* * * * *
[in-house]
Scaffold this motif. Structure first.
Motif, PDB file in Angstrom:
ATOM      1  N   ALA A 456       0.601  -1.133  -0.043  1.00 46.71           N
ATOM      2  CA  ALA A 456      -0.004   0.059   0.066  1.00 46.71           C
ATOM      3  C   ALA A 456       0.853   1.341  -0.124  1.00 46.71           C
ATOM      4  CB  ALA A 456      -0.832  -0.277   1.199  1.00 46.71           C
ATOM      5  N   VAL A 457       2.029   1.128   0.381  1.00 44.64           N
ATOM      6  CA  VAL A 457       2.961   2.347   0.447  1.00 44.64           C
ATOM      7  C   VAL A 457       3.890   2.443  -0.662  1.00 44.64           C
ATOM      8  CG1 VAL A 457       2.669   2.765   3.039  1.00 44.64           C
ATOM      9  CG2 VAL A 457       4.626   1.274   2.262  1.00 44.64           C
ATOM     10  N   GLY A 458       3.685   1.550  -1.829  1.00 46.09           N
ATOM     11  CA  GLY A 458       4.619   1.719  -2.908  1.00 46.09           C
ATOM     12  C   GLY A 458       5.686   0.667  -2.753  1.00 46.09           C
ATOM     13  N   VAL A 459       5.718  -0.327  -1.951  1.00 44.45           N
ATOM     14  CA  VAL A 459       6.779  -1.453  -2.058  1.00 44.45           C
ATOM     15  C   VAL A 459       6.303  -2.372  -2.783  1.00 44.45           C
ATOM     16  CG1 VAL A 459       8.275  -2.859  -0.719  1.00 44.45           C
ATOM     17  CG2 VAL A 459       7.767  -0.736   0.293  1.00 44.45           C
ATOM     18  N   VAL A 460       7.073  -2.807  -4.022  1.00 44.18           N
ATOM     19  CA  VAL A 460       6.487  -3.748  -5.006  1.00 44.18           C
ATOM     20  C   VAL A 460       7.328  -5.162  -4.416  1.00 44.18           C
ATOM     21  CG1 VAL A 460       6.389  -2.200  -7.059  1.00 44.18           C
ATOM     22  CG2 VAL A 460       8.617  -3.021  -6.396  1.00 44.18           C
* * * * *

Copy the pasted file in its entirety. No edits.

[in-house]
Scaffold this motif. Structure first.
Motif, PDB file in Angstrom:
ATOM      1  N   ALA A 456       0.601  -1.133  -0.043  1.00 46.71           N
ATOM      2  CA  ALA A 456      -0.004   0.059   0.066  1.00 46.71           C
ATOM      3  C   ALA A 456       0.853   1.341  -0.124  1.00 46.71           C
ATOM      4  CB  ALA A 456      -0.832  -0.277   1.199  1.00 46.71           C
ATOM      5  N   VAL A 457       2.029   1.128   0.381  1.00 44.64           N
ATOM      6  CA  VAL A 457       2.961   2.347   0.447  1.00 44.64           C
ATOM      7  C   VAL A 457       3.890   2.443  -0.662  1.00 44.64           C
ATOM      8  CG1 VAL A 457       2.669   2.765   3.039  1.00 44.64           C
ATOM      9  CG2 VAL A 457       4.626   1.274   2.262  1.00 44.64           C
ATOM     10  N   GLY A 458       3.685   1.550  -1.829  1.00 46.09           N
ATOM     11  CA  GLY A 458       4.619   1.719  -2.908  1.00 46.09           C
ATOM     12  C   GLY A 458       5.686   0.667  -2.753  1.00 46.09           C
ATOM     13  N   VAL A 459       5.718  -0.327  -1.951  1.00 44.45           N
ATOM     14  CA  VAL A 459       6.779  -1.453  -2.058  1.00 44.45           C
ATOM     15  C   VAL A 459       6.303  -2.372  -2.783  1.00 44.45           C
ATOM     16  CG1 VAL A 459       8.275  -2.859  -0.719  1.00 44.45           C
ATOM     17  CG2 VAL A 459       7.767  -0.736   0.293  1.00 44.45           C
ATOM     18  N   VAL A 460       7.073  -2.807  -4.022  1.00 44.18           N
ATOM     19  CA  VAL A 460       6.487  -3.748  -5.006  1.00 44.18           C
ATOM     20  C   VAL A 460       7.328  -5.162  -4.416  1.00 44.18           C
ATOM     21  CG1 VAL A 460       6.389  -2.200  -7.059  1.00 44.18           C
ATOM     22  CG2 VAL A 460       8.617  -3.021  -6.396  1.00 44.18           C